Advice and development

The importance of delivering a good handover

Laura Slim finds handovers nerve-wracking but is learning to be more confident 

Laura Slim finds handovers nerve-wracking but is learning to be more confident


Picture: iStock

I am a mental health nursing student in my second year of training and am currently on placement on an older people’s acute mental health ward. The ward has 14 patients and information about every patient is handed over at the end of each shift by one of the nurses.

The information delivered during handover consists of how the patient has been recently, in terms of both their mental and physical health, as well as any outstanding tasks that need to be completed and any important meetings or appointments booked for that day or the near future.

An essential communication skill

Providing a good handover is an essential communication skill for nurses. Handovers are vital in maintaining patient safety and providing quality care, which is why they can be a stressful experience for nursing students.

Before this placement, I had only delivered handover once before. I have now done it twice during this placement, under supervision of a qualified nurse, and despite both these experiences going well, I still dread handing over as I find it so nerve-wracking. I know I’m not the only nursing student who finds this a daunting experience.  

What are we afraid of?

So why is handover so scary for students? Each time we start a clinical placement, we are joining a new team and it can take a while to get to know everybody. I don’t always feel comfortable presenting handover to new people, but as I get further into the placement and get to know people better, it is becoming easier.

I worry about forgetting something and not handing over all the important information I need to, which could compromise patient care. Even though this has not happened to me, there is always that worry in the back of my mind. I get anxious about not being able to answer questions in enough depth from nurses on the on-coming shift when discussing a patient’s condition.

What I do to help myself

Developing strategies to ease my anxieties about giving handover has been very useful for me. One thing that helps me feel more prepared is to have clear notes that are easy to read. My handwriting can be a bit messy if I am in a hurry, so I try to re-write my notes before the handover. This is especially helpful during morning handovers, where we only have 30-minute time slots allocated.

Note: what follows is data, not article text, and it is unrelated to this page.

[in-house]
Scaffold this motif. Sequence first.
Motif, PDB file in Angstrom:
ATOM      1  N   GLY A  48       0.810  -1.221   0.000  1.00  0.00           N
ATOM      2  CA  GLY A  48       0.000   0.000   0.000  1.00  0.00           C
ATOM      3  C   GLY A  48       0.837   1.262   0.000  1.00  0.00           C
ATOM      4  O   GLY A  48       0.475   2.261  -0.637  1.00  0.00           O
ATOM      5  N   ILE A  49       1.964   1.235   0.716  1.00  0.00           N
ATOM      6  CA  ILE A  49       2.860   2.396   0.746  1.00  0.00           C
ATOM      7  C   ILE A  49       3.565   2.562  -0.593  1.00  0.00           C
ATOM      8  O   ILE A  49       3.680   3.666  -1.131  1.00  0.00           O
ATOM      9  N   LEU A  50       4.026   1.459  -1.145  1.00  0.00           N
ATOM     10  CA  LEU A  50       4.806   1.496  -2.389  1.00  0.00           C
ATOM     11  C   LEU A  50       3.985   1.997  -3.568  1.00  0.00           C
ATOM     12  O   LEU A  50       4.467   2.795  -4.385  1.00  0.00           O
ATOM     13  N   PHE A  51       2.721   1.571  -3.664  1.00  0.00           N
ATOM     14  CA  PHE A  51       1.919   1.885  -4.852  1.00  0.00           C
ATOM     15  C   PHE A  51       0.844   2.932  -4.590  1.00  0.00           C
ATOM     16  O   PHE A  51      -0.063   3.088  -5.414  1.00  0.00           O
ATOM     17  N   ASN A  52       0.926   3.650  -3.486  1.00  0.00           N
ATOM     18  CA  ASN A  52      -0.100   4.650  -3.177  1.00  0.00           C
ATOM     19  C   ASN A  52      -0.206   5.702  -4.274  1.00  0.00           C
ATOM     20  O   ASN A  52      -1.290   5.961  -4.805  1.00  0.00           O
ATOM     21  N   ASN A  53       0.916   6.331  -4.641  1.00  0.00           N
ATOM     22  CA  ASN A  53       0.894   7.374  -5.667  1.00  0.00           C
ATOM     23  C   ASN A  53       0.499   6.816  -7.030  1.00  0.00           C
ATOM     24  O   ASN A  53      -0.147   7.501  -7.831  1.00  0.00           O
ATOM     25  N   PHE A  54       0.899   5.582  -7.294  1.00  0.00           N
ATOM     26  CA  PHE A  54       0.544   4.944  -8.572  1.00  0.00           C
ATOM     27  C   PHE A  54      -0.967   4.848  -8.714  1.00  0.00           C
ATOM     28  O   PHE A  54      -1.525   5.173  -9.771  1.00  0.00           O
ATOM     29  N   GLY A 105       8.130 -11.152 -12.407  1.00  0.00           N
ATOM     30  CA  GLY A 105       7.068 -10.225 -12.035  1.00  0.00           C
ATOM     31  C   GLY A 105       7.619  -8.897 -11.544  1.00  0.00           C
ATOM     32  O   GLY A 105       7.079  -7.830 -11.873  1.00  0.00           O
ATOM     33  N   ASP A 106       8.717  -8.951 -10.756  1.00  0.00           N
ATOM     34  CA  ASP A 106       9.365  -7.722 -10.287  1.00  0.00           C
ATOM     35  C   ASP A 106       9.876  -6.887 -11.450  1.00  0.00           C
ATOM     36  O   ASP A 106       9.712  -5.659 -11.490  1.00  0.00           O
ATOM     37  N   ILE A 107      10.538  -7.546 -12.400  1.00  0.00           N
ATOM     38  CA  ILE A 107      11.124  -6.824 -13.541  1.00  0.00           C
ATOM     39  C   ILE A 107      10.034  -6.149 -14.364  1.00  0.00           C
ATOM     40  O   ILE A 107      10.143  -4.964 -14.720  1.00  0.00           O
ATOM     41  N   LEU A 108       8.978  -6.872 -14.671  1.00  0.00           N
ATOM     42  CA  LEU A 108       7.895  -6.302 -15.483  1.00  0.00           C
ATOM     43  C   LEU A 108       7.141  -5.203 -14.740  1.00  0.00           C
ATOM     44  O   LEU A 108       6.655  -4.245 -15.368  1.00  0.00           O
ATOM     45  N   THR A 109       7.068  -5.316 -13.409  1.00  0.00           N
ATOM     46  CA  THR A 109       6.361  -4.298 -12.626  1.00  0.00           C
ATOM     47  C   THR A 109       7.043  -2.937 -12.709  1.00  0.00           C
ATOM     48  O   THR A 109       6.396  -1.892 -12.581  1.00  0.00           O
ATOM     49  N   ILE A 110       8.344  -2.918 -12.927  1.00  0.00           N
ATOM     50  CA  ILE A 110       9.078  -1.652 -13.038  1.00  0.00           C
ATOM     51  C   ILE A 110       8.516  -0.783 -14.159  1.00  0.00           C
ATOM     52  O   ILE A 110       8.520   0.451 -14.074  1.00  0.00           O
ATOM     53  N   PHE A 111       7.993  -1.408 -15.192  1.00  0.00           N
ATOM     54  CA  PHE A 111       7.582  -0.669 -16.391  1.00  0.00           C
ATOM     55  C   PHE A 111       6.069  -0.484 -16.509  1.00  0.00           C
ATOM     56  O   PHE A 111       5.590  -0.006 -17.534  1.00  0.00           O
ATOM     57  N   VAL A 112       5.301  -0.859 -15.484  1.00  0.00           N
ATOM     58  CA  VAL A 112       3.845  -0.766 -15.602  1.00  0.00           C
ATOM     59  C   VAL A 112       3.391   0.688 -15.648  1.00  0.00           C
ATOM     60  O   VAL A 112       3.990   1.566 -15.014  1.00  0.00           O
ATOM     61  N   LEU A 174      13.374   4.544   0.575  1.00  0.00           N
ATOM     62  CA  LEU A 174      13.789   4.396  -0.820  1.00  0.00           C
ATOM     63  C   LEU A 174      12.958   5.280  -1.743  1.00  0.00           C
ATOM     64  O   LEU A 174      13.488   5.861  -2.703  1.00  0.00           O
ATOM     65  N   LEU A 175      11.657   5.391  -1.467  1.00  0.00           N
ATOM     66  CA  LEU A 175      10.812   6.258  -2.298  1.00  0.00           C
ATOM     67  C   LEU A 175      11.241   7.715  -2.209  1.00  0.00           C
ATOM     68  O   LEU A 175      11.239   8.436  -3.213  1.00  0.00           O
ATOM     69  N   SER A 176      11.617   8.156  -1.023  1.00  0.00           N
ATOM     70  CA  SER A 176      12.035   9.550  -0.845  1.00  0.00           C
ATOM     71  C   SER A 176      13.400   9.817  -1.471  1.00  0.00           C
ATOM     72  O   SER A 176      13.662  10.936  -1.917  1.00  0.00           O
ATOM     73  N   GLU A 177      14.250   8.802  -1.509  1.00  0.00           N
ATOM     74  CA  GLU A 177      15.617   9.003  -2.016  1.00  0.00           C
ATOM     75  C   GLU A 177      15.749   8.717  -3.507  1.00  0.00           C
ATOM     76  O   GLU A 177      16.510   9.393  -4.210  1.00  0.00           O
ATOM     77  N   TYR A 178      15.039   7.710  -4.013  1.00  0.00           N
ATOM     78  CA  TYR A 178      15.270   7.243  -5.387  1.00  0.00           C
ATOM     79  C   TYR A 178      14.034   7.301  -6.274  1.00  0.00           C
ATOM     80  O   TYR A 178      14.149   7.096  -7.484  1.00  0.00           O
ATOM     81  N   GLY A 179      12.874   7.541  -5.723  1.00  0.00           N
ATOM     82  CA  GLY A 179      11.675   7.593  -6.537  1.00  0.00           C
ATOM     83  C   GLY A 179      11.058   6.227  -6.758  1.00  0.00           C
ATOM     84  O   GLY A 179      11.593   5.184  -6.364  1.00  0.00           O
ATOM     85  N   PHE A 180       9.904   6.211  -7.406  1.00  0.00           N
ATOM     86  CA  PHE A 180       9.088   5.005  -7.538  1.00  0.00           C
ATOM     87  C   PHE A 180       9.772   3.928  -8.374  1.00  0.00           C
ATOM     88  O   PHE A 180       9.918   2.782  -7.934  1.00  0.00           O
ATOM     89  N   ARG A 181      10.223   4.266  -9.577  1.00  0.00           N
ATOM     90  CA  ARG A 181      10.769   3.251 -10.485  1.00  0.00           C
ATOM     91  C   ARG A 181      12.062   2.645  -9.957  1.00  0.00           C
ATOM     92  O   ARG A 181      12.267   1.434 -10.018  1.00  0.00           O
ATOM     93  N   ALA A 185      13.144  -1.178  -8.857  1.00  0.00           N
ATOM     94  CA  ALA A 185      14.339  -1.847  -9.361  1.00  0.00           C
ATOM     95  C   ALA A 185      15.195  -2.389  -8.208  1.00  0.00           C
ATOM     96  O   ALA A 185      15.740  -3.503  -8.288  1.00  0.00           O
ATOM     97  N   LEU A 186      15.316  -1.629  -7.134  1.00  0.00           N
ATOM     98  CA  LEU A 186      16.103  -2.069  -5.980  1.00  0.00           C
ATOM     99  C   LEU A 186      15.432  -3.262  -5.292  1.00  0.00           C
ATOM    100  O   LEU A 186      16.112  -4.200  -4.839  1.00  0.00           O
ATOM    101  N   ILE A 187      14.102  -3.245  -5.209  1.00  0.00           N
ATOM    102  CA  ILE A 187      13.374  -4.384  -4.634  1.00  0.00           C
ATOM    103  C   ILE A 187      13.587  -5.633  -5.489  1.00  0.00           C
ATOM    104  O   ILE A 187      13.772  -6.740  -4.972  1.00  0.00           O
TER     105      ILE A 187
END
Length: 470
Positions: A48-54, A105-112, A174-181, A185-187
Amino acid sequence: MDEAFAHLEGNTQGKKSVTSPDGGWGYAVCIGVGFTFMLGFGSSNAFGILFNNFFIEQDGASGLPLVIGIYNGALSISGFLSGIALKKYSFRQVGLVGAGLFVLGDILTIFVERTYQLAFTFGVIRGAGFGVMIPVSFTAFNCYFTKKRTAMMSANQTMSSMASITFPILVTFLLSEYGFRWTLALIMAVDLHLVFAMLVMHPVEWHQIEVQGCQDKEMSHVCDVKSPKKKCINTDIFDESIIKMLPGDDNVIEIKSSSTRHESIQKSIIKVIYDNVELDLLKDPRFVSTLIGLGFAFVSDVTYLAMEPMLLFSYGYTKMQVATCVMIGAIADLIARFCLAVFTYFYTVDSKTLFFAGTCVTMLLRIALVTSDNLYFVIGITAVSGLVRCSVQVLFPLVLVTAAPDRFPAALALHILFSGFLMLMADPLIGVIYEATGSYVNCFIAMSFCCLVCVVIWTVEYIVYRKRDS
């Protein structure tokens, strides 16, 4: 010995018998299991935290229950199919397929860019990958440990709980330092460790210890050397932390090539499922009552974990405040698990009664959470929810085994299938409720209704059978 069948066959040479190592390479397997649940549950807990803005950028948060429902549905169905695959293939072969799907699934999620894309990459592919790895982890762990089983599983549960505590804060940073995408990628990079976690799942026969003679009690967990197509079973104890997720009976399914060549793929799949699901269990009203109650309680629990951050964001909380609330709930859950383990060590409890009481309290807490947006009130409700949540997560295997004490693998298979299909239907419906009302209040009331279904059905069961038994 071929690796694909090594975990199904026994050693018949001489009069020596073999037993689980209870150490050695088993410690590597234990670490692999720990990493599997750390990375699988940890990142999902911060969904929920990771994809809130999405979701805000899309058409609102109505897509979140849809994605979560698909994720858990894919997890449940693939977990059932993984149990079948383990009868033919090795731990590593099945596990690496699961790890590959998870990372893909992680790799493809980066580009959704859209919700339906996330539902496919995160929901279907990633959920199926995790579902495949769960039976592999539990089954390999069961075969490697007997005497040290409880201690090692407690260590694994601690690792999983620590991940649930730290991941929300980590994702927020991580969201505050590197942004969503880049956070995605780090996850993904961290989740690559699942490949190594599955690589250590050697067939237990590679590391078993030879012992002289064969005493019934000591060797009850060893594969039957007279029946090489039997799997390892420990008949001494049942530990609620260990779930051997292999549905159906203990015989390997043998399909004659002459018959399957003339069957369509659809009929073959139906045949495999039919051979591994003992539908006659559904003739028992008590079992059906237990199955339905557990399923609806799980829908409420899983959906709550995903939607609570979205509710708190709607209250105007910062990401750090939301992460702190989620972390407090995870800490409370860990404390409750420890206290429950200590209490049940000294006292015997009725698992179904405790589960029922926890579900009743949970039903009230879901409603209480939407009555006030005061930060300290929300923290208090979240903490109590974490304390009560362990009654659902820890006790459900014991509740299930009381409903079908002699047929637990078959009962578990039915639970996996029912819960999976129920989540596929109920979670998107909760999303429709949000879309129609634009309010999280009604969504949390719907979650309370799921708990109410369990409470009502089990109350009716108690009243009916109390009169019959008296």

If I haven’t been on shift for a few days, reading through my patients’ notes is useful. This helps me to familiarise myself with how the patient has been while I’ve been off, and make sure I am up to speed with any treatments or investigations the patient may have had.

The ward I am on at the moment has a handover file with a document detailing useful information about the patient, such as whether they were admitted voluntarily or are being detained under the Mental Health Act, their current risk level and dates of important meetings.

‘There is no training for handovers – they are a learn-on-the-job kind of thing’

The documents, or sheets, are constantly updated and I have found them a useful tool when giving handover. When discussing each patient, staff read from the handover sheet and then add information from their own notes.

7 ways to get better at handover

  • Be punctual – there is often a limited time in which to give handover so being on time is vital
  • Ensure handover sheets are kept up to date
  • Be organised, have your notes ready and ensure they are clear. This will avoid confusion and help the handover run more smoothly
  • Prioritise the most important information and avoid repetition. Think about what team members need to know and avoid repeating any information they already have
  • Find a quiet space to calm your nerves and go over your notes before handover, if you can
  • Make sure you give the handover in a place where you won’t be disturbed or distracted because interruptions could lead to information being missed
  • Don’t be afraid to ask questions if you are unsure about something

Patient safety

Although giving handover can be a nerve-wracking experience, it is so important to our patients that we get it right. Handovers are an essential part of communication and help ensure everyone in the team knows exactly what is going on.

An accurate handover is also vital in ensuring patient safety – if important medical information is not shared properly, errors could occur and patients may be put in danger. Knowing you have handed over all the relevant information stops you from going home feeling stressed, realising you have forgotten to mention something important.

The value of feedback and experience

It is easy to fall into the trap of comparing yourself to more experienced nursing staff, but there is no training for handovers – they are a learn-on-the-job kind of thing – and comparing yourself to others will only knock your confidence.

You can always ask for feedback from your mentor or other staff members after you have given handover to see if there are any areas you could improve on, but the best way to become comfortable and competent at giving handover is experience. I try to remind myself of this, and that the more experience I gain, the easier handovers will become.


Laura Slim is a second-year mental health nursing student at the University of Plymouth 

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